Glossary of terms used on this siteThere are 47 entries in this glossary.
The precision with which a digital file describes the analog sound it represents. Basically, a lower rate produces files that sound worse and take up less drive space than those with a higher rate. CDs have a sampling rate of 44.1 kHz, and DAT machines have a sampling rate of 48 kHz. MiniDisc player/recorders with a built-in sampling rate converter can handle both rates.
|secure audio file||
A downloadable music file that must be paid for in order to be heard and/or cannot be duplicated without some loss of audio quality.
A measure of the strength of the audio signal in comparison to that of the background noise. Essentially, a low signal-to-noise ratio means that the device or file has lots of hiss and static, while a high rating means clear-sounding audio.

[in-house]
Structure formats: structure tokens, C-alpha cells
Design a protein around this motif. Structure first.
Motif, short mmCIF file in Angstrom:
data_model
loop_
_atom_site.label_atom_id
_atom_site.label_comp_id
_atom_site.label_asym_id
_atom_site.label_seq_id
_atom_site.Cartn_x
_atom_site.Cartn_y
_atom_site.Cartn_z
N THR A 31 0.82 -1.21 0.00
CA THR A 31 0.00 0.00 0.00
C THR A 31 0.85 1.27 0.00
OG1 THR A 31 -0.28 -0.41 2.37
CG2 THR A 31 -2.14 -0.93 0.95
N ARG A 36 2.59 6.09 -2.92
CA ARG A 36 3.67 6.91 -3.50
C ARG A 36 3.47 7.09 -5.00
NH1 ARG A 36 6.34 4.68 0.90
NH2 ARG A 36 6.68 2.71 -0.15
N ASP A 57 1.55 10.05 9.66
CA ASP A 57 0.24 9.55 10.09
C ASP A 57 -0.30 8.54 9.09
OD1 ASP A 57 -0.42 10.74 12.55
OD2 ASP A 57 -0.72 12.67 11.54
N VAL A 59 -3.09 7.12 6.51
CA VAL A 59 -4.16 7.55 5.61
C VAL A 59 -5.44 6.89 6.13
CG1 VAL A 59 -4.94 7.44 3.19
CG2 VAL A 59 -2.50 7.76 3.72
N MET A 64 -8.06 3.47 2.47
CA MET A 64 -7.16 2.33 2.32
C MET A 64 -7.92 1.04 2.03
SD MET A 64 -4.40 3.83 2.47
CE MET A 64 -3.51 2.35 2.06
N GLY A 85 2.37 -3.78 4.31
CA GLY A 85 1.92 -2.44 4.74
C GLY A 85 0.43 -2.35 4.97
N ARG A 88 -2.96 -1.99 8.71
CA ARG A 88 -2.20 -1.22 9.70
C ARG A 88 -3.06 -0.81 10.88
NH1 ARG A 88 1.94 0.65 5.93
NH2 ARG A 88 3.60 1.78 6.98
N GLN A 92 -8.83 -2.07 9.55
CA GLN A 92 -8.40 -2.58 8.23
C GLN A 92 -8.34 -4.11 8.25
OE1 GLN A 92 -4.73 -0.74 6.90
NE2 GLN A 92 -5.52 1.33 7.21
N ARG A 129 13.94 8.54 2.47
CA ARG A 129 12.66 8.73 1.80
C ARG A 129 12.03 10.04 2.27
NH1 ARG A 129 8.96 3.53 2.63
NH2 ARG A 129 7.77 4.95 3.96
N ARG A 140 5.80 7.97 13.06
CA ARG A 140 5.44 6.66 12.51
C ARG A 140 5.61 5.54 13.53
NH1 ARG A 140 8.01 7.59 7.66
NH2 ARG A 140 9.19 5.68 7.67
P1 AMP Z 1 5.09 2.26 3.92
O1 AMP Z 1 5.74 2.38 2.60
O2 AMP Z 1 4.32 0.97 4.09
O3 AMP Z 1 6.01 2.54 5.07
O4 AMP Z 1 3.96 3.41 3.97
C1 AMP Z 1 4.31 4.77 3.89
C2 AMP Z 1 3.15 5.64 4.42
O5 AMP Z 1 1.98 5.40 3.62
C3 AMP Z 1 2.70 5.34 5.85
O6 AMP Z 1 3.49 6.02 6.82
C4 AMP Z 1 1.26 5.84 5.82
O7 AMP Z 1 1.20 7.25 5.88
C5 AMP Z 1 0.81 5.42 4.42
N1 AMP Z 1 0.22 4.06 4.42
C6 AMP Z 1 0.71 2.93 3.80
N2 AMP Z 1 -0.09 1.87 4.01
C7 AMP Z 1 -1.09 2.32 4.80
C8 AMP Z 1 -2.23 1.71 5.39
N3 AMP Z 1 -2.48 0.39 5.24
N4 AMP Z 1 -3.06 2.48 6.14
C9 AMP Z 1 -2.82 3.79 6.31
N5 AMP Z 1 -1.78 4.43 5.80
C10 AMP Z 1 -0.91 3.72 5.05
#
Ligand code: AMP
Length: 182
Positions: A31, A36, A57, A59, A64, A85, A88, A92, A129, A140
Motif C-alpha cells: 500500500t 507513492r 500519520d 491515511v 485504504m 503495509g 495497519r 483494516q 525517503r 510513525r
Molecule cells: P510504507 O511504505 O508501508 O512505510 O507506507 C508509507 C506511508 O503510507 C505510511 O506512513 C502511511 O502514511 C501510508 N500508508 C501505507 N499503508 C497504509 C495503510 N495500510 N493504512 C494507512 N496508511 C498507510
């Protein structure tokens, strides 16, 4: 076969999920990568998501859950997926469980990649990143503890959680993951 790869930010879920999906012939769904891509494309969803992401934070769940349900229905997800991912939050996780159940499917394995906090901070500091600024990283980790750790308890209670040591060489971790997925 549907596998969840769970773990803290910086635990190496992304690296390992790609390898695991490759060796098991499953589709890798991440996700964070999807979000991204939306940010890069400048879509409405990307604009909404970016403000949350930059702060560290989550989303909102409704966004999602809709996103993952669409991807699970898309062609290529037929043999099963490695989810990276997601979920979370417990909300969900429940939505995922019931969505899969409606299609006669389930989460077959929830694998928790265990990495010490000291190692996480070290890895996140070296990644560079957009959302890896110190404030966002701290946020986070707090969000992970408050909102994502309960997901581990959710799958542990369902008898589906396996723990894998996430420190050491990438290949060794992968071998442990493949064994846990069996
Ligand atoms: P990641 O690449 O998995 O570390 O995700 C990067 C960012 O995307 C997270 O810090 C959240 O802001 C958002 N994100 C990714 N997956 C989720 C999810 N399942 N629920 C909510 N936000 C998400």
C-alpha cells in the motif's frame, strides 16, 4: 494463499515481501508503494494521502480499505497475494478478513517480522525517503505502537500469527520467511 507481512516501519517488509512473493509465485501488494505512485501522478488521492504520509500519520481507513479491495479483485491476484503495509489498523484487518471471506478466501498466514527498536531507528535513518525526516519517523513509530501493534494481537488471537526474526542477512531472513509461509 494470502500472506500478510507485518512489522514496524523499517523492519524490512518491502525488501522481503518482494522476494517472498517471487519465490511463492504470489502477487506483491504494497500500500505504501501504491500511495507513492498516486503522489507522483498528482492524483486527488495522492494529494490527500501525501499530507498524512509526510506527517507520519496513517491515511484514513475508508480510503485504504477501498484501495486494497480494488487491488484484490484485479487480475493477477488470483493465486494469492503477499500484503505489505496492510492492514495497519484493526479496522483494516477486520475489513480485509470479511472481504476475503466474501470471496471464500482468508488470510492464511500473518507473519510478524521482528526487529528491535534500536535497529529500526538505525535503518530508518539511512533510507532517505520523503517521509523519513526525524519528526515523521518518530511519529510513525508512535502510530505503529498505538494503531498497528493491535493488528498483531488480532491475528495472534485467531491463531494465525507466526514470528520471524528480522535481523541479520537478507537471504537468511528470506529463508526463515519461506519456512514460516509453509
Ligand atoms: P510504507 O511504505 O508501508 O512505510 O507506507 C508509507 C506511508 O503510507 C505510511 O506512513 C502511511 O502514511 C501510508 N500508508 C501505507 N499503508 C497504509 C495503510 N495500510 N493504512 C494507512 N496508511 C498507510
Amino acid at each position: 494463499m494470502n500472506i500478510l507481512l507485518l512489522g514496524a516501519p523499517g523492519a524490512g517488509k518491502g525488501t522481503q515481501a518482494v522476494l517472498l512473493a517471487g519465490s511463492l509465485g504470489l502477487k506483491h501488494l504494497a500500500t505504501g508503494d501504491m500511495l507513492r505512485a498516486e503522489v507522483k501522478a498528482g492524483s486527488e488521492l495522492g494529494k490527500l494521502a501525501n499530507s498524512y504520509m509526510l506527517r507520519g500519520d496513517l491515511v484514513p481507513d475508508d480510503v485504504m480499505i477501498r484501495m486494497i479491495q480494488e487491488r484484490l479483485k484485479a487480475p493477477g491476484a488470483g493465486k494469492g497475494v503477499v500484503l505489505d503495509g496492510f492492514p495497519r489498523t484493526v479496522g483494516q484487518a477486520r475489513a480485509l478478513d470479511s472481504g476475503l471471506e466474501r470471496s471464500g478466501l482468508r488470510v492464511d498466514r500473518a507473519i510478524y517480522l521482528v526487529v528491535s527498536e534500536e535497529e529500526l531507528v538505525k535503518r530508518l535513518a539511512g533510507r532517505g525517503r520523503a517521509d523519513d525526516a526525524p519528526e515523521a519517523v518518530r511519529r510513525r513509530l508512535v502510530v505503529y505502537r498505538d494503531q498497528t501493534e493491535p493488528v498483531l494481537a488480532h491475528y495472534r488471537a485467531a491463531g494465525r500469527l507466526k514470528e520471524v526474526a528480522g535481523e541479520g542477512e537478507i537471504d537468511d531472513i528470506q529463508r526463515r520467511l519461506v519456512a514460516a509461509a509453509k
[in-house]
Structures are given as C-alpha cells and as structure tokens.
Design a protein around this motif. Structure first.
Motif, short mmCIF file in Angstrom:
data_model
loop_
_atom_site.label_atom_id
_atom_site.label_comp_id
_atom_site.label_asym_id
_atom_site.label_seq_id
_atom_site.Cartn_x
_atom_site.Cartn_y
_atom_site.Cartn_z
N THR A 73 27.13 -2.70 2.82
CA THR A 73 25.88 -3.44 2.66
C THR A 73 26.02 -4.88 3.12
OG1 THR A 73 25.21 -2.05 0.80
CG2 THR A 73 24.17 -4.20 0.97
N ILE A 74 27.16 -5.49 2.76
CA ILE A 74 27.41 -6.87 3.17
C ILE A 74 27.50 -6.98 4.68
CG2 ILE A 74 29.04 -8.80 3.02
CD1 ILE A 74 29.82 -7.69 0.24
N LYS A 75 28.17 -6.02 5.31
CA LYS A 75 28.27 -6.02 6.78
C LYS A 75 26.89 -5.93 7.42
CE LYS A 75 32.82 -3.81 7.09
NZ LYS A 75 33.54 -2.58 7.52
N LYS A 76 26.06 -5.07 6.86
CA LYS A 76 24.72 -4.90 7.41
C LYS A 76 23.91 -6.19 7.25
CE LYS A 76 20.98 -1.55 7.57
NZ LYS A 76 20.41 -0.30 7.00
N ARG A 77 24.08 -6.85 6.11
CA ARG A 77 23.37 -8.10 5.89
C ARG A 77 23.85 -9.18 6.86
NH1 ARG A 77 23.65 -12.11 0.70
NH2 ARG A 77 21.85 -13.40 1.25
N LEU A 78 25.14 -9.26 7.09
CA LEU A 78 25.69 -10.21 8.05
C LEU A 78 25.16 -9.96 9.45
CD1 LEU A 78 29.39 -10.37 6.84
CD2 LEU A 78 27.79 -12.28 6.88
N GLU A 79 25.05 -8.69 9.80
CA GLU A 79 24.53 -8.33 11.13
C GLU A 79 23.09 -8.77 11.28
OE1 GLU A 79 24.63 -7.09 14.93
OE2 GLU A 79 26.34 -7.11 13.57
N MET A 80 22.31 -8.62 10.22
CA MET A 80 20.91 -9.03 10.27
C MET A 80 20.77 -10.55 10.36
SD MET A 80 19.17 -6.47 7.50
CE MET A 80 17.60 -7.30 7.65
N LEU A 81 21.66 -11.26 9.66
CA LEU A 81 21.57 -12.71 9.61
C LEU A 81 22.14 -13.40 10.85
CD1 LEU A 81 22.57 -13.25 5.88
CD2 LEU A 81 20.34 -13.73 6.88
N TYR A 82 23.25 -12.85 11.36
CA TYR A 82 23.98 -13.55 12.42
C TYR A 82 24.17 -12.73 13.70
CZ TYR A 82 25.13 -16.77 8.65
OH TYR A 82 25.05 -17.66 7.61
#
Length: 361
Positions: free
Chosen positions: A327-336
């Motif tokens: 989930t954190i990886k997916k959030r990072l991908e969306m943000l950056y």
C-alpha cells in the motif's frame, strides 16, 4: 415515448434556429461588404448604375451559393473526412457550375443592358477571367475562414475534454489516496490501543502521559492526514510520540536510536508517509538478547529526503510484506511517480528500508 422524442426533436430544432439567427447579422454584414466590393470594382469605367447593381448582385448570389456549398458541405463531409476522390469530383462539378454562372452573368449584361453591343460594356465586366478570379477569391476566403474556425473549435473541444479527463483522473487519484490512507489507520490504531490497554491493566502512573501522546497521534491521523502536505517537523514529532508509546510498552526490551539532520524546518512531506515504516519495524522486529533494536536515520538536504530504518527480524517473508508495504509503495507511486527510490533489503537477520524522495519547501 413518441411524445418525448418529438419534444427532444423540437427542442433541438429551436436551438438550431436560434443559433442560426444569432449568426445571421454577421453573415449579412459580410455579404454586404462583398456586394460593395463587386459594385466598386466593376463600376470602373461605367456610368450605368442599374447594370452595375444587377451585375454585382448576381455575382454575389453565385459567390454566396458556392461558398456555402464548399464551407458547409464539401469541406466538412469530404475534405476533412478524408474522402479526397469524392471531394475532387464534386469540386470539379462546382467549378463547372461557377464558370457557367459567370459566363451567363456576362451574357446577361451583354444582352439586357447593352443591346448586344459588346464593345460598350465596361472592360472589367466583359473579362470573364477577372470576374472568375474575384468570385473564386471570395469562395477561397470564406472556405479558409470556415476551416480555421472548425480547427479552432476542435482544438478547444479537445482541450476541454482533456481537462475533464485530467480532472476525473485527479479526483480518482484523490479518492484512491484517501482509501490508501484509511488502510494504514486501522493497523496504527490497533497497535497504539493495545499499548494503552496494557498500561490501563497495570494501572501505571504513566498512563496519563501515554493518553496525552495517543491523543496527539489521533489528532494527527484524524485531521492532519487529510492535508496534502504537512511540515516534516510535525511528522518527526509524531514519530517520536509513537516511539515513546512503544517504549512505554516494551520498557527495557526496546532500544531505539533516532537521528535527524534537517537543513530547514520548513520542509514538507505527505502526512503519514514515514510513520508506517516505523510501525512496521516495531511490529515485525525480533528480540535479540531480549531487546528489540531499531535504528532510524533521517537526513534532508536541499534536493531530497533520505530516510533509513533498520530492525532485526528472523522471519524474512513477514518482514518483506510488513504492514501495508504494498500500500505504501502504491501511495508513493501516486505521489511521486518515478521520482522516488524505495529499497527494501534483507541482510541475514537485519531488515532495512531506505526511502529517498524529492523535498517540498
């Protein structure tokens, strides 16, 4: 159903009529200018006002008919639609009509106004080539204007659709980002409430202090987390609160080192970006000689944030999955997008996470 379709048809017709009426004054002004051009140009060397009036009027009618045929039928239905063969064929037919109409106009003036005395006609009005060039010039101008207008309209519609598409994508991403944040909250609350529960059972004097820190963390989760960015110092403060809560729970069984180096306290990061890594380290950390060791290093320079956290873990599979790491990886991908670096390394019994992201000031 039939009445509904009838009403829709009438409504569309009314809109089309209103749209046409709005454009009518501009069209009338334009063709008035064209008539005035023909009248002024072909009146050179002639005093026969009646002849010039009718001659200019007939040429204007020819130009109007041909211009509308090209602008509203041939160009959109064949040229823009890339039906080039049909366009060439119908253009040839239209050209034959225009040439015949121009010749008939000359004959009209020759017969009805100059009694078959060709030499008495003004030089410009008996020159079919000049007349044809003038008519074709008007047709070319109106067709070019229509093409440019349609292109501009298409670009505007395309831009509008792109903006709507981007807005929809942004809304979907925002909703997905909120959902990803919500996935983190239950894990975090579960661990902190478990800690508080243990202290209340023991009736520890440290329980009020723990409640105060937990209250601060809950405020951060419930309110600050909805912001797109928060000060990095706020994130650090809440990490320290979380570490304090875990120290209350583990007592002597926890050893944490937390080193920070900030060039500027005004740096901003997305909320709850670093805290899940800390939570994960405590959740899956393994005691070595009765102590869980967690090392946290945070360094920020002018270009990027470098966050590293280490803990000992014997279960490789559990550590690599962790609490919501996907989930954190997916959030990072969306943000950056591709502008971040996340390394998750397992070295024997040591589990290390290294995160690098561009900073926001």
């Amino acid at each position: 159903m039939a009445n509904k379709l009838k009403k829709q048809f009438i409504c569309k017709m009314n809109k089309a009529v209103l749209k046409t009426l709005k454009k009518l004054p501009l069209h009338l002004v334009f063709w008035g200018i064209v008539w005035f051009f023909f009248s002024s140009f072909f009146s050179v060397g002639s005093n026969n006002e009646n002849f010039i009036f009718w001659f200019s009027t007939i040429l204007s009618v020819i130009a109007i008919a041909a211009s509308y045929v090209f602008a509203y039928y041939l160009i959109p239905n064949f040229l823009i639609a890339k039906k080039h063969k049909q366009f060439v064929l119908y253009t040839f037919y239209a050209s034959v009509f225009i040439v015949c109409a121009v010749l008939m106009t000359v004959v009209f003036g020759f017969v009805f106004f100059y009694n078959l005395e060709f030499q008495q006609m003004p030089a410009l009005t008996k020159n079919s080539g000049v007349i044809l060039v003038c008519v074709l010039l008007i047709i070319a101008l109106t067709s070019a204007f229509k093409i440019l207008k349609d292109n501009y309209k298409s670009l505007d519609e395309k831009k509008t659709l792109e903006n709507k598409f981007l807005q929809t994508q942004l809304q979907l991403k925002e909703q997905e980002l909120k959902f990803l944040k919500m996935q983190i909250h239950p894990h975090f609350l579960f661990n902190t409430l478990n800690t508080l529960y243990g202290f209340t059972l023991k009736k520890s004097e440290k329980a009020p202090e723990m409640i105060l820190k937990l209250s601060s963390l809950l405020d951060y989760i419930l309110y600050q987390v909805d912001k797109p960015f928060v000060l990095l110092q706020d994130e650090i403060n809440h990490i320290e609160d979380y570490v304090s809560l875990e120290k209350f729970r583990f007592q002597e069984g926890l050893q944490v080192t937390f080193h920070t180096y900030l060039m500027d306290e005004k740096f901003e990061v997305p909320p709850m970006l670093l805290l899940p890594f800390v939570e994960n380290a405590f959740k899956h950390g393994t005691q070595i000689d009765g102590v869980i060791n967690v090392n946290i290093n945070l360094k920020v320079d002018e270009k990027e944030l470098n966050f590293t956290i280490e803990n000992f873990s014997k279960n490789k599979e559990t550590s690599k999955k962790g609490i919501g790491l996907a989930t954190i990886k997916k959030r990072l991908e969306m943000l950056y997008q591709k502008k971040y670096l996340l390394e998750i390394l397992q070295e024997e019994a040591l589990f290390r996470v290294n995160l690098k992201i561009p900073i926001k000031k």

You can change all kinds of graphical elements of skin-enabled programs such as Winamp or AIMP by creating skins.
A cable or adapter with one input or output on one end and two on the other.
|standard bit rate (SBR)||
The standard type of compression wherein an entire audio file is encoded at the same bit rate, as opposed to variable bit rate encoding.
Two channels of audio. When you listen to something in stereo, different sounds come out of the left and right speakers or headphones. Since stereo tracks contain twice the information of an equivalent mono file, they are twice the size.
The transmission of audio across the Internet from a server to an audio player client.